By virtue of Board Resolution Number 14-0069, dated 19 May 2014, the Autism Society Philippines will utilize digital technology to allow current members in the provincial areas to exercise their right to vote in ASP National elections. Communications with members, broadcasting the general assembly and voting for trustees may also be conducted through secure suitable digital technologies.

Members from the National Capital Region are NOT eligible for on-line or distance voting; because their presence in a critical meeting such as a National General Assembly is a basic member responsibility. Any votes received from a member from NCR will NOT be counted by the Election Committee.

If you are an updated member living outside Metro Manila, you may cast your vote on 24 October 2014, Friday between 1pm and 9pm.

10 October 2014

Referendum on new ASP by-laws on October 25

The Autism Society Philippines will be holding its 2014 General Assembly on October 25 at the Ground Floor, Lopez Building, Meralco Compound In Pasig City. Aside from electing the new board of trustees, the ballot will also include a "yes" or "no" vote on the the new by-laws.



The ASP By-Laws, now 25-years old, needed to change to keep with the needs of an ever-growing family advocacy. The proposed changes are a result of more than a year of research on the most effective approach to certify the society as a genuine non-government organization (NGOs) amidst post-Napoles public scrutiny, a consultation with chapter leaders on policy priorities at the Chapter Leaders Conference on 8-9 March 2014 and multiple ASP Board deliberations in 2014.

The proposed changes on the ASP by-laws can be summarized below.
  1. Update communication to include electronic means since there were no cell phones or internet at the time the By-laws were made.
  2. Redefinition of duties of National officers as overseers of staff rather than actual performers of tasks.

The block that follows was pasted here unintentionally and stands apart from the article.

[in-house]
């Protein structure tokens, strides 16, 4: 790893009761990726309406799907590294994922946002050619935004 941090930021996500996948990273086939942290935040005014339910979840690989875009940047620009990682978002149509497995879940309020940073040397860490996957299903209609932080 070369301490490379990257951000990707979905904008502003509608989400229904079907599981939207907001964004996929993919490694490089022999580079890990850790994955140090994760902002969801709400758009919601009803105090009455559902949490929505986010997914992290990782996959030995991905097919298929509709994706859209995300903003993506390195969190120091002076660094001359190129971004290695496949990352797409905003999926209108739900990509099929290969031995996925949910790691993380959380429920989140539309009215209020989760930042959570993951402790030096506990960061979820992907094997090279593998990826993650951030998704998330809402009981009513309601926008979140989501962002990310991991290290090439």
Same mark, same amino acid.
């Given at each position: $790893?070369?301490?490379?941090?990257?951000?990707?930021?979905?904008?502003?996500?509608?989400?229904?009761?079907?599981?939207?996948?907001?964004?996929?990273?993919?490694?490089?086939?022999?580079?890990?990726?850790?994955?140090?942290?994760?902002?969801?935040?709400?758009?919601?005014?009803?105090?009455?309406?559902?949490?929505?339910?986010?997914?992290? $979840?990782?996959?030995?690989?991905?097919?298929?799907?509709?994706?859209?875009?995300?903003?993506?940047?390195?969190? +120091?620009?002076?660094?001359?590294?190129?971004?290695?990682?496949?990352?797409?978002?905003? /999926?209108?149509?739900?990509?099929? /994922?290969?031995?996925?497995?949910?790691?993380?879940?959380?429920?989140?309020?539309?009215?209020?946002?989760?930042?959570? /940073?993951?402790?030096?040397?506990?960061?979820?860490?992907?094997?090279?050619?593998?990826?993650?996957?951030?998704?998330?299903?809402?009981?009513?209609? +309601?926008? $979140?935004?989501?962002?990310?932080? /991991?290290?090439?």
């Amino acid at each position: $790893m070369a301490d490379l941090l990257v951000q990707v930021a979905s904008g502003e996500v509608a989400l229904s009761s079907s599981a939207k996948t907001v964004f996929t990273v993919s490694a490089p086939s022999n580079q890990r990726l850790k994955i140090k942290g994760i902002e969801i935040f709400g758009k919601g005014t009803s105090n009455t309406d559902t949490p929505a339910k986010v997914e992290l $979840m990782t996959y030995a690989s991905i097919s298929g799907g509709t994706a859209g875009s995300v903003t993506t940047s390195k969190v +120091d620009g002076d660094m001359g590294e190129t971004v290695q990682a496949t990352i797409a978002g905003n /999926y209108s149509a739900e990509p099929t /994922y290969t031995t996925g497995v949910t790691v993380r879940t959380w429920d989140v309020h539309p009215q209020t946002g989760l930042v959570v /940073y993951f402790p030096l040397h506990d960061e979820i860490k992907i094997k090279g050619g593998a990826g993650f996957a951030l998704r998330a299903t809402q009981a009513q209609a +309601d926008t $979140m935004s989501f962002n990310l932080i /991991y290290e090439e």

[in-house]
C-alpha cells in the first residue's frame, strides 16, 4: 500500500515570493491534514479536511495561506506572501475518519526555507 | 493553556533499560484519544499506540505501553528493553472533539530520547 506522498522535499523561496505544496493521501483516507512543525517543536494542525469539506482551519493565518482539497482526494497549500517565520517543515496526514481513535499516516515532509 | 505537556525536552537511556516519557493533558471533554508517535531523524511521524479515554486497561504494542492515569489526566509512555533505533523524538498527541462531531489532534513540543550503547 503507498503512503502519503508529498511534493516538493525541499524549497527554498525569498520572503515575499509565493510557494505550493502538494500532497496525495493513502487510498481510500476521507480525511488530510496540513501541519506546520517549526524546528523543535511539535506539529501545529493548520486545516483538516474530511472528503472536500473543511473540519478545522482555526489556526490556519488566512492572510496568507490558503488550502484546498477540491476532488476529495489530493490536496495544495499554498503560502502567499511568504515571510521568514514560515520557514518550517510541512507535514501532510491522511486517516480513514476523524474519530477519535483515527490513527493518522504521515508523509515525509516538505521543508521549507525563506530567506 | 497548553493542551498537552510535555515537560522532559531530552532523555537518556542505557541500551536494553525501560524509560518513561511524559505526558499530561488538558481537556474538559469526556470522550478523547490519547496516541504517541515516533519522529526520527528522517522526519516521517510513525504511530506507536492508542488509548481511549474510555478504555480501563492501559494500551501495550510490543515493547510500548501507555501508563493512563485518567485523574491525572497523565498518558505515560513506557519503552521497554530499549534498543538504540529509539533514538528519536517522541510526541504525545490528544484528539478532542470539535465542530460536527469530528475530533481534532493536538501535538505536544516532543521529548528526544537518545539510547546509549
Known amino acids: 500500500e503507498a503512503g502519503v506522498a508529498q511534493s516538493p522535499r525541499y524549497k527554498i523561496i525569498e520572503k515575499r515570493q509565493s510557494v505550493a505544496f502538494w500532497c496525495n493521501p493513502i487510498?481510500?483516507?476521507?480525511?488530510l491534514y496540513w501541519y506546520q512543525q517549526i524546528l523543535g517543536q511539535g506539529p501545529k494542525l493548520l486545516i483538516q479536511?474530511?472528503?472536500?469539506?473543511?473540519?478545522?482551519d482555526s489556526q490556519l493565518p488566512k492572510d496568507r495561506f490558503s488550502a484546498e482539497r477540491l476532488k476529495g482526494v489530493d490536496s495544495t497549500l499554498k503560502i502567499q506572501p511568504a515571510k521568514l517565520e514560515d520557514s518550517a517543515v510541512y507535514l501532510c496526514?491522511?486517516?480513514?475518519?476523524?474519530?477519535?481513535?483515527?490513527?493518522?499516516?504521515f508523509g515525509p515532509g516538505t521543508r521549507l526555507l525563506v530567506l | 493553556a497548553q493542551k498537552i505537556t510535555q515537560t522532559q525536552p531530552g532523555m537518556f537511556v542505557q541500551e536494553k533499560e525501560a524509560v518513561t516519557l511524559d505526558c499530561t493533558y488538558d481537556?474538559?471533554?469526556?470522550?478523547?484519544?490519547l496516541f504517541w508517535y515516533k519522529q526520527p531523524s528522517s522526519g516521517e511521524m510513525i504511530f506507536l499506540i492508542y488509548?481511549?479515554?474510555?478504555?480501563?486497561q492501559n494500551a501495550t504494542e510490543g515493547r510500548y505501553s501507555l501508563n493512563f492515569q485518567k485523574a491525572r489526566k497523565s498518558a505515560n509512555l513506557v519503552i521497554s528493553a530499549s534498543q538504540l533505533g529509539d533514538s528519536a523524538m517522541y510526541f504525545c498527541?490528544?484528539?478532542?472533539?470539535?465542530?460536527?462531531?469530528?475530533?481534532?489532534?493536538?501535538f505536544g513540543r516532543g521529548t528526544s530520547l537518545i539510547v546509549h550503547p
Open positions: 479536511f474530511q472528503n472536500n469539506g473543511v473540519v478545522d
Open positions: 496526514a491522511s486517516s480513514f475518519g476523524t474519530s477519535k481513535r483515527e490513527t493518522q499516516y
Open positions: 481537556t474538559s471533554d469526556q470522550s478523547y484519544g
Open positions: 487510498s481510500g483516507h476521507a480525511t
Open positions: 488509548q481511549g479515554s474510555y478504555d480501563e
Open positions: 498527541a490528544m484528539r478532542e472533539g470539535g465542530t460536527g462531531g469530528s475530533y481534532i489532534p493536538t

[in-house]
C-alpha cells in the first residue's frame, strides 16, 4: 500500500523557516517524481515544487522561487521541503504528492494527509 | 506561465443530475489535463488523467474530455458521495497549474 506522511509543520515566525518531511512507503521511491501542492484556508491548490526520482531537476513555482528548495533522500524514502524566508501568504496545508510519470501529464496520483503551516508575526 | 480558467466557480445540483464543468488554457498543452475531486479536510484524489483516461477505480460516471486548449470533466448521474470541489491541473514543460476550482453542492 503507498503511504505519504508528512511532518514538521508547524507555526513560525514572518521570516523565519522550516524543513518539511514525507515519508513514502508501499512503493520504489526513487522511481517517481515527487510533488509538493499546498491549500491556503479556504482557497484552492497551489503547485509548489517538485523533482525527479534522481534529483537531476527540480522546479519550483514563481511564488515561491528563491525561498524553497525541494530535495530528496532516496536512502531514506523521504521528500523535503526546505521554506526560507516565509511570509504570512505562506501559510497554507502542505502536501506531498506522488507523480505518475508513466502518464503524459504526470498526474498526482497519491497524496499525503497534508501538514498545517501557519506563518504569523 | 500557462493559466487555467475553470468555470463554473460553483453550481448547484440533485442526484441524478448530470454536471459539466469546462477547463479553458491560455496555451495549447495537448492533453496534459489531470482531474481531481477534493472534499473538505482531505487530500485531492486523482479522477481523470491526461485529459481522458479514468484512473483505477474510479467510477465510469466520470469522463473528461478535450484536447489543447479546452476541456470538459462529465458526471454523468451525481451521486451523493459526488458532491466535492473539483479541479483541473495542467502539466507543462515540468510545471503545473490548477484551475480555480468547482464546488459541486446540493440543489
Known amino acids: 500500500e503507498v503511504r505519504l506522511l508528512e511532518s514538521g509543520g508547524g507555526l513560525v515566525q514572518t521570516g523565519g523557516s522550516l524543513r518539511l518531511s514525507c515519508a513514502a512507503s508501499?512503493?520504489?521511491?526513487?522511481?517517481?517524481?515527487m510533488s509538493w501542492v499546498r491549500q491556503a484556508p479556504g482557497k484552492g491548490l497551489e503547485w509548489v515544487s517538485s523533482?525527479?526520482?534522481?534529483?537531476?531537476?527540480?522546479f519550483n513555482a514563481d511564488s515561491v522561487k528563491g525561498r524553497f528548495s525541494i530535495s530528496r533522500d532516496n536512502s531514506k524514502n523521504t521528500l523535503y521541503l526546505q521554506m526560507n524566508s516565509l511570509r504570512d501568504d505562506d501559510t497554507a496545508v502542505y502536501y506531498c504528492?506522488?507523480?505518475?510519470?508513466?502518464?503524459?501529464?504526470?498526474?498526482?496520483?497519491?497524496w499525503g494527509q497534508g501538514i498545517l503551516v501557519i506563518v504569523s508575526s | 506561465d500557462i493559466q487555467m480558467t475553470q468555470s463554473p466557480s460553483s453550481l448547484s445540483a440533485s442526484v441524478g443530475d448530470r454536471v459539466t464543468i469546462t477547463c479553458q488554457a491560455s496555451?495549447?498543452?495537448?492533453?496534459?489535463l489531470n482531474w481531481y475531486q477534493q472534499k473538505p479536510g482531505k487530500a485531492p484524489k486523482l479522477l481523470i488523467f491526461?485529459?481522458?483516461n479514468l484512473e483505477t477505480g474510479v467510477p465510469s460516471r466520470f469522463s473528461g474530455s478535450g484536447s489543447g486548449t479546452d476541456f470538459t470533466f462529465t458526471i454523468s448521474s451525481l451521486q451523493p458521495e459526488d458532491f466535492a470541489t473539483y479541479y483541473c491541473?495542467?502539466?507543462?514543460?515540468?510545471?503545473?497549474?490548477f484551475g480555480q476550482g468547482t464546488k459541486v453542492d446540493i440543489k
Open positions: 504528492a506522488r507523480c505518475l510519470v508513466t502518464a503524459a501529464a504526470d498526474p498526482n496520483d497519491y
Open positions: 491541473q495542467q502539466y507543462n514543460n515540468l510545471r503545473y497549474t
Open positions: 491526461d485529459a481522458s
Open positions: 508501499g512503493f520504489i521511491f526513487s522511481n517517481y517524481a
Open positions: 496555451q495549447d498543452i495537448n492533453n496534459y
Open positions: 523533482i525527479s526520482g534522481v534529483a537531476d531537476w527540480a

3. Inclusion of statements required by the Philippine Council of NGO Certification, regarding disposal of organization’s assets upon its dissolution.
The full text of the proposed ASP by-laws can be found here. The line by line comparison of old and new provisions of the ASP By-Laws can be found here.

While many more improvements and changes can be introduced to the By-Laws, the ASP trustees feel that the proposed changes addresses the society's most critical needs and our visibly urgent priorities, while keeping in mind our humble resources, our long-term vision and our fundamental mandate of being an education and support advocacy group for families and individuals who live with autism.

While additional revisions are no longer possible at this time, members are welcome to raise their suggestions on changes to the by-laws for the next general assembly. A member may raise their idea with their chapter leadership, who can then endorse the matter, as a collective, to ASP National. It will be on the chapter to provide substance to support their suggestion's relevance -- not just to their personal circumstance -- but to ASP's general membership.

See you all at the General Assembly!

09 October 2014

“Pursuer of Dreams” Workshop held in Imus

ASP-Imus held a watercolor workshop entitled Pursuer of Dreams last September 27, 2014 at the activity center of Robinson's Place in Imus, Cavite. It was attended by 10 CWAs, 7-15 years of age, and their siblings. Most of them came from the Imus Public Sped Centers.